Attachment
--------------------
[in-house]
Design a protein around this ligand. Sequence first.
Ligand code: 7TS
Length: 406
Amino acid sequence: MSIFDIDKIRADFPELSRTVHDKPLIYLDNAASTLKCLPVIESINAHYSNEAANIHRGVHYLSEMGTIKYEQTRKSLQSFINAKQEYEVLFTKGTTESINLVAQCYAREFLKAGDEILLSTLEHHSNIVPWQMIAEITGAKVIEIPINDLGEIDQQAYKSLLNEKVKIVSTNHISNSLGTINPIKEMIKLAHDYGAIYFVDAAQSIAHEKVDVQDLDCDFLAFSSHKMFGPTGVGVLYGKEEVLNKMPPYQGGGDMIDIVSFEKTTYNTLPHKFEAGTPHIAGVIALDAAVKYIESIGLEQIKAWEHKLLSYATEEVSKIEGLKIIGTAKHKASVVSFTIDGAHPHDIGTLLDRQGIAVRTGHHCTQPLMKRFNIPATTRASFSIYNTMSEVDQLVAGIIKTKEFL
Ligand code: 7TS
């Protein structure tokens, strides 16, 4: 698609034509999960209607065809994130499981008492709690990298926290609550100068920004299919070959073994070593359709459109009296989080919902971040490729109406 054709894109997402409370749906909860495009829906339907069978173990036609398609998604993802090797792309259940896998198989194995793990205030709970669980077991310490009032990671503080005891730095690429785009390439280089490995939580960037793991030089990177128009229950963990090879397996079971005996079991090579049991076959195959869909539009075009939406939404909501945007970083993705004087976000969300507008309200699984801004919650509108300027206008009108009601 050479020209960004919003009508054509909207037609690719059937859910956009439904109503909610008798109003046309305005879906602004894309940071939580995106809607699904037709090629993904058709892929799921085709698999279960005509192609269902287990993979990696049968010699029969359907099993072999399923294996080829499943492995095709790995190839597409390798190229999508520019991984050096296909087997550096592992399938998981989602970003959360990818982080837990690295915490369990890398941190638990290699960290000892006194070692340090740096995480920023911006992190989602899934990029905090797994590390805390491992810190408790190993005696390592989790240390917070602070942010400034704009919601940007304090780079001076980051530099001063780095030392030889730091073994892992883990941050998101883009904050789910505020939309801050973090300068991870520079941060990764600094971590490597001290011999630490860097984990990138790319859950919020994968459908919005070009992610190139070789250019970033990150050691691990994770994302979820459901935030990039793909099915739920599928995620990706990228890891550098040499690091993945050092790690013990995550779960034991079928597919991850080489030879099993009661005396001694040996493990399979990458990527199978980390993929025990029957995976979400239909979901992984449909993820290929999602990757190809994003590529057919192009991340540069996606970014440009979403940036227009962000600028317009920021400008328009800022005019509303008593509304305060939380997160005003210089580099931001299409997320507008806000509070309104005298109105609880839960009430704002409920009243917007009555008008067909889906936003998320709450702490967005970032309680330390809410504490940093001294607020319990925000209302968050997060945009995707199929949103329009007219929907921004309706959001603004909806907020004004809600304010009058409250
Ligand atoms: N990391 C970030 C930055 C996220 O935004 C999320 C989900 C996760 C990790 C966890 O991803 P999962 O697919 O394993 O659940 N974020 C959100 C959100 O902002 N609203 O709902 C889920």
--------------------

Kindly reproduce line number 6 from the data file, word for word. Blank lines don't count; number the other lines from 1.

Ligand code: 7TS